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Thousand Oaks Park


  1. Fishing
  2. Pond
  3. Walking Track


Thousand Oaks Park consists of approximately 10.2 acres in a woodland setting with fishing and a wildlife pond. A natural storm drainage creek bisects the property. Situated between single-family housing developments on 3 sides and a road to the south that borders the Army Corps of Engineers lake property, this park is the natural drainage for a large portion of the city into Lake Lewisville.

 Neighborhood Park

The park is accessed primarily by walking and bicycling. There is limited on-street parking. Because of limited access this property is described as a neighborhood park. This park serves about 630 single-family residences within a 1/2 mile radius.

The park was deeded to the city as part of the Thousand Oaks subdivision development in 1995. The park is mostly undeveloped, with a large portion not cleared of brush and virtually impassable and a section that is mostly ravine and not able to be developed. There are a large number of trees, many which are very good specimens. The area that is clear is primarily mowed underbrush or dirt.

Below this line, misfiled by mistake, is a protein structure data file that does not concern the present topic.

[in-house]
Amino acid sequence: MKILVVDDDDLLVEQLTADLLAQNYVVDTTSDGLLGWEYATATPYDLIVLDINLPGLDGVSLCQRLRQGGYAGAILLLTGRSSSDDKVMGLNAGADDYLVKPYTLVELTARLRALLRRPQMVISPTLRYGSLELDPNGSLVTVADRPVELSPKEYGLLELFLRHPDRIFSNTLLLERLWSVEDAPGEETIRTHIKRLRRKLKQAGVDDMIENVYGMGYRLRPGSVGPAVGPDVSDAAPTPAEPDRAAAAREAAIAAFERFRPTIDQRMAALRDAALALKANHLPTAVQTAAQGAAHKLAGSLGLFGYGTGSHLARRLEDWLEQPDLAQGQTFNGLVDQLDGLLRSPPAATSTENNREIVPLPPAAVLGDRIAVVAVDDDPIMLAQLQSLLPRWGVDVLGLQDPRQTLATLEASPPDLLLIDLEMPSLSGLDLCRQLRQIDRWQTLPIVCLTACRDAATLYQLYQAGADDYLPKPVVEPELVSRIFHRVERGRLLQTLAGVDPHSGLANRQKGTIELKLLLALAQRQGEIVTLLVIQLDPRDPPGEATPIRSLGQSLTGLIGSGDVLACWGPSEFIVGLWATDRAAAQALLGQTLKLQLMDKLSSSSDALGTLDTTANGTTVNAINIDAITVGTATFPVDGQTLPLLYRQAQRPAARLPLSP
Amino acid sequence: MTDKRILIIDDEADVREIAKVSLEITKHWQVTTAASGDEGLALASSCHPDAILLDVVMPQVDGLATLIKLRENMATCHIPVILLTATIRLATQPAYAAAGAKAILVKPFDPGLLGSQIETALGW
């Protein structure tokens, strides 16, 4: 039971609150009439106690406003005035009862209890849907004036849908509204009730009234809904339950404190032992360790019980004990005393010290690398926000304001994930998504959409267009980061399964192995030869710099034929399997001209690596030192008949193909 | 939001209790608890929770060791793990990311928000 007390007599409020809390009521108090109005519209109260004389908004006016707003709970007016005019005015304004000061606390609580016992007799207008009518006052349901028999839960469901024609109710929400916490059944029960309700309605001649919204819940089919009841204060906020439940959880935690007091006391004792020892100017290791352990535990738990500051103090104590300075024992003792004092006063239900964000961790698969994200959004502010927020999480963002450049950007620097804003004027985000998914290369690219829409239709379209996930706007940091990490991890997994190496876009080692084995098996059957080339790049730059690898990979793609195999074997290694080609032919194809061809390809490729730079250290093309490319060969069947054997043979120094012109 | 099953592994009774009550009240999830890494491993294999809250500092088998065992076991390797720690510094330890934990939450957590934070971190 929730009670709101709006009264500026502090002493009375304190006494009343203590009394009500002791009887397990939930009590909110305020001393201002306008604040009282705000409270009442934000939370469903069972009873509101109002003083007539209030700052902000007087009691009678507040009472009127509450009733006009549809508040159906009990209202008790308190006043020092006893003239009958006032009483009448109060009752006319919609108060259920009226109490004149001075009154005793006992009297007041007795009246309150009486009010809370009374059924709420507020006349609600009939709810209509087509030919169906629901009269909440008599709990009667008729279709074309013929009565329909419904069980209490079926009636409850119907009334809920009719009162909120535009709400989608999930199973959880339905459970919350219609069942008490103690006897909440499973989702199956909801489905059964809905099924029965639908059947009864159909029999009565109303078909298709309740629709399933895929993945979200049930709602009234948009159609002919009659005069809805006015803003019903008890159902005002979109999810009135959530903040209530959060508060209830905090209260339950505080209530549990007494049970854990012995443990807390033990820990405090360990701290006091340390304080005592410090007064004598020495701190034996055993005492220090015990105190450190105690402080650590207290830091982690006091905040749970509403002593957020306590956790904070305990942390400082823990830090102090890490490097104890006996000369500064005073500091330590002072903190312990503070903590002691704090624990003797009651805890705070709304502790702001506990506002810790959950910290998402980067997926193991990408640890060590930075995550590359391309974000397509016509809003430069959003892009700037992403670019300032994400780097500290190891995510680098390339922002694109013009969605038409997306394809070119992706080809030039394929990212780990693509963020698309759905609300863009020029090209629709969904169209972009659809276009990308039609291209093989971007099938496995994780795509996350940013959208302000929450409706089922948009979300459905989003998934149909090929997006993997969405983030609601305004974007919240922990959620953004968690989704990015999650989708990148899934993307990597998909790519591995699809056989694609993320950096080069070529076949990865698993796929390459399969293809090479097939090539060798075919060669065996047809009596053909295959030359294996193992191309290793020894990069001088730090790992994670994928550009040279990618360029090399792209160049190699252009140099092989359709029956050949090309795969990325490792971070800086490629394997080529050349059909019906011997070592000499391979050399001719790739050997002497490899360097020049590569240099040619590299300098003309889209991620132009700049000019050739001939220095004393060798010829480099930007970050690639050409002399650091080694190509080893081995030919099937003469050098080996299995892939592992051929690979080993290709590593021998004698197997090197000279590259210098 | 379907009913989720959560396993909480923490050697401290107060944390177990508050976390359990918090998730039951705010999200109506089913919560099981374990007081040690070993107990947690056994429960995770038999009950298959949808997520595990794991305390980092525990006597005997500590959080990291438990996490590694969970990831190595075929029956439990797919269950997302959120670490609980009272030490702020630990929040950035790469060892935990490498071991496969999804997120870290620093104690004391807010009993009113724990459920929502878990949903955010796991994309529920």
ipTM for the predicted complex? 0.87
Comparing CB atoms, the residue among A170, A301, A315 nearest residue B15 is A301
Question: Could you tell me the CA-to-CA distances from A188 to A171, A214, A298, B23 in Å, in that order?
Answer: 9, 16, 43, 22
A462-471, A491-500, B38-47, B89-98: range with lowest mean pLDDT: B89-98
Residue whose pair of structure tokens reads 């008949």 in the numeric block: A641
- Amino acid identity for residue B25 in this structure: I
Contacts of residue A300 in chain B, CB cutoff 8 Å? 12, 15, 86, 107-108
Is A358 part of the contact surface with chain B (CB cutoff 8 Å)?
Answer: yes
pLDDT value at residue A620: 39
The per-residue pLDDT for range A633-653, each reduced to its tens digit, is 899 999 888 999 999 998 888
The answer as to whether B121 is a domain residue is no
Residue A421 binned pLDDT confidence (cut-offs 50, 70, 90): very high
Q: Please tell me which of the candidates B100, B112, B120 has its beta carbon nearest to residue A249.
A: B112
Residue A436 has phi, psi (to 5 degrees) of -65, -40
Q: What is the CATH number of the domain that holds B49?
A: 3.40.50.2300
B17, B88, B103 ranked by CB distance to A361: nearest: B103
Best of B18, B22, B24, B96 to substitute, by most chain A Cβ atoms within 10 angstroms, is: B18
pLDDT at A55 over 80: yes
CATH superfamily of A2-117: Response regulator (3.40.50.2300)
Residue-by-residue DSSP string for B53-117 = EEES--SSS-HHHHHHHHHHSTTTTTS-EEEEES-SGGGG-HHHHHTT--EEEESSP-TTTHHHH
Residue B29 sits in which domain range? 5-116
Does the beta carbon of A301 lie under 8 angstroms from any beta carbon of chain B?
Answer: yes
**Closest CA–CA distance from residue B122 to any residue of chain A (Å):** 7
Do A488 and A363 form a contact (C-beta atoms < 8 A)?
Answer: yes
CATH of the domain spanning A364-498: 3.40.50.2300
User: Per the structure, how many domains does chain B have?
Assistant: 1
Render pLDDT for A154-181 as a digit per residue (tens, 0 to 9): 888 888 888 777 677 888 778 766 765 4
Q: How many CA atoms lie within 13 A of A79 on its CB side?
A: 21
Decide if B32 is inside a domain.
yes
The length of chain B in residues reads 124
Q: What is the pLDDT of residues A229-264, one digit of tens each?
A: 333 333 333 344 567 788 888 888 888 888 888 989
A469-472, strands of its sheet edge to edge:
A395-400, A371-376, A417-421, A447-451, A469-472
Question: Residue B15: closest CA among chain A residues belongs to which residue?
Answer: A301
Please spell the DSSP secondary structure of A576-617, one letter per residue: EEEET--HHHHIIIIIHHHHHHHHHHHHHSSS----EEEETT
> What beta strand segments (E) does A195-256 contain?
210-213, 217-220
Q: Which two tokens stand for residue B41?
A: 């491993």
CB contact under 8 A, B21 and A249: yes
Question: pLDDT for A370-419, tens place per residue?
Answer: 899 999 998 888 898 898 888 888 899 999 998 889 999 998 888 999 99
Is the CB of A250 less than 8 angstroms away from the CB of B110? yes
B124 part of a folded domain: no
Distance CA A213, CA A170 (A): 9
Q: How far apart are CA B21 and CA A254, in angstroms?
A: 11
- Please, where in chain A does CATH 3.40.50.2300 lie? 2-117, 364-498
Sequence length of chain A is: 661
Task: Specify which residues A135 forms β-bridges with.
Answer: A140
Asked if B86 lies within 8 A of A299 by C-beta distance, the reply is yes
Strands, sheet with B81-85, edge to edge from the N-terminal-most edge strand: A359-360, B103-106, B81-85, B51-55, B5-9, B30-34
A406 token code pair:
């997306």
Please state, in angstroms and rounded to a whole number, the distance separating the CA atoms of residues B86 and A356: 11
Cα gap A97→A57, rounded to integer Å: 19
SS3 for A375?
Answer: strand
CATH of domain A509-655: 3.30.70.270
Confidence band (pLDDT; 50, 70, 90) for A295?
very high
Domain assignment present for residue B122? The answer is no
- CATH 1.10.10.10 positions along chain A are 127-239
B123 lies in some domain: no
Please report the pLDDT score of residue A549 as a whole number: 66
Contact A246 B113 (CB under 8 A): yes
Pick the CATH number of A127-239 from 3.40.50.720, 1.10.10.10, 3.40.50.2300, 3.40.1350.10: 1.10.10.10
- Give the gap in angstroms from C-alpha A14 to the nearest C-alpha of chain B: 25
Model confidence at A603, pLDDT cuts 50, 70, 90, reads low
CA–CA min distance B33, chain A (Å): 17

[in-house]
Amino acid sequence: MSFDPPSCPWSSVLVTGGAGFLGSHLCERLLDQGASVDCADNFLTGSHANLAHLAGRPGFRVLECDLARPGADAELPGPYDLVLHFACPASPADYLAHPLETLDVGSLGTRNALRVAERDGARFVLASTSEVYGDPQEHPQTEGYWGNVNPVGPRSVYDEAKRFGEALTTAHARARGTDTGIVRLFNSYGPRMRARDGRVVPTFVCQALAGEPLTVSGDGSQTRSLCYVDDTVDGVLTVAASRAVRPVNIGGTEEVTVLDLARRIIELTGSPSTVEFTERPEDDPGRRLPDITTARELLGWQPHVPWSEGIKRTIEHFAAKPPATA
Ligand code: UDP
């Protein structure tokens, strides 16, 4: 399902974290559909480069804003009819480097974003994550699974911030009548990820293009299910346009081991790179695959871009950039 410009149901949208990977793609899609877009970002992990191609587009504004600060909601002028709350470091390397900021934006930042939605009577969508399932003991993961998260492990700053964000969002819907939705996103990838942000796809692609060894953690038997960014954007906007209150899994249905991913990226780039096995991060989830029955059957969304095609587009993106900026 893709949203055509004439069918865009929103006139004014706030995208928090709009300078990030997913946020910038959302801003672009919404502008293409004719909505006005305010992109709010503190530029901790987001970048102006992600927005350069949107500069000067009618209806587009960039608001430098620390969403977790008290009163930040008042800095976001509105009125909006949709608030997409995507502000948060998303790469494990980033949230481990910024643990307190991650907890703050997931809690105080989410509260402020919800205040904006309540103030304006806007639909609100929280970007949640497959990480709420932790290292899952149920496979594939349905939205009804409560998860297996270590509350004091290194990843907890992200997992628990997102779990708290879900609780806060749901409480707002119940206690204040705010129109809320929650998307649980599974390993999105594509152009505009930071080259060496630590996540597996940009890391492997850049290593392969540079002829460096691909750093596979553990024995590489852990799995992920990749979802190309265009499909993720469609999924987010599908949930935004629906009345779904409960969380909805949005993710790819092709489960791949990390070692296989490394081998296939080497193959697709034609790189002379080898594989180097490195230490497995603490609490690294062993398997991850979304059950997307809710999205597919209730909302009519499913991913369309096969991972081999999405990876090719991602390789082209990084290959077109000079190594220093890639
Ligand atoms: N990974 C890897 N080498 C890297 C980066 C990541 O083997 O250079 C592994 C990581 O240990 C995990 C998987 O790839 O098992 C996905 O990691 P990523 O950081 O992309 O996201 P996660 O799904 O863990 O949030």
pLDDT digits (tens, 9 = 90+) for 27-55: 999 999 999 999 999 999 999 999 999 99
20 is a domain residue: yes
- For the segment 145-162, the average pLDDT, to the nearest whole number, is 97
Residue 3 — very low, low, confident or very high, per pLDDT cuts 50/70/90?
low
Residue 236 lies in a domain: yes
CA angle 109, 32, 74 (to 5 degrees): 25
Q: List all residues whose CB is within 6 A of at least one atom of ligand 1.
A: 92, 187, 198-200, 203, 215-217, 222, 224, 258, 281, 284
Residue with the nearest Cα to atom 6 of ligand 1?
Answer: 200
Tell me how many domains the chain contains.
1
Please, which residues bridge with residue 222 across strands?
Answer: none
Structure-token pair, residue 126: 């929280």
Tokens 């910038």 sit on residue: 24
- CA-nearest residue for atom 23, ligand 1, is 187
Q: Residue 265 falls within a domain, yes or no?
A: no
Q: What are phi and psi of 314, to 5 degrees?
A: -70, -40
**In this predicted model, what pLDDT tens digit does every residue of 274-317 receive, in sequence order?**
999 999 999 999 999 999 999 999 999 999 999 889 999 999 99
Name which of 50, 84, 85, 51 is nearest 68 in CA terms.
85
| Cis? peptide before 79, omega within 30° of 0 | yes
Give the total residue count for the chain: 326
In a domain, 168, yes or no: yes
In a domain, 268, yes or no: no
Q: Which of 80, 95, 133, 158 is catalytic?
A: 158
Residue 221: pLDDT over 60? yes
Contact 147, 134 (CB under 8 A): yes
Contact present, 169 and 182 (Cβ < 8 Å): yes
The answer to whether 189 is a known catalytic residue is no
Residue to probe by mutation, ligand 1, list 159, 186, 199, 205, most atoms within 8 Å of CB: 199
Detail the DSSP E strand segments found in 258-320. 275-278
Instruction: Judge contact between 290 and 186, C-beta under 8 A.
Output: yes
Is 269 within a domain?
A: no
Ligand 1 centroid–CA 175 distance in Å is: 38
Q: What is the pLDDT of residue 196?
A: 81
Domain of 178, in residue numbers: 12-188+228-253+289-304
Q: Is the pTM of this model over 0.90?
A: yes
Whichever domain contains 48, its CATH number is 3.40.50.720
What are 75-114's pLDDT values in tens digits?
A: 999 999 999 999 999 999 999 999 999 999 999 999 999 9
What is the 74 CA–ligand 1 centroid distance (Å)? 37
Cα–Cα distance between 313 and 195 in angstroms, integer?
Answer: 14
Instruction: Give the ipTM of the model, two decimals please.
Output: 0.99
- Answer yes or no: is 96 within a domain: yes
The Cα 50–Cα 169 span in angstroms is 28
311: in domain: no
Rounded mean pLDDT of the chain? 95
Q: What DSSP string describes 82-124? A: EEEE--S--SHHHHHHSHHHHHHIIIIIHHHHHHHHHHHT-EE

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Thousand Oaks Pond

A small pond is the focus of the park that has small fish, turtles, farm ducks and visits from many bird and animal species. Fishing is allowed. There is no wading, swimming, or floating allowed. The pond source is storm runoff backed up by a manmade earthen dam. The pond will overflow through the park to the creek during heavy rains. There is a dirt walking trail (755 feet) around the pond and a concrete sidewalk (469 feet) along the northern border of the park.

Recent improvements include pond renovations which involved cleaning out the pond and installing a new aerator pump.

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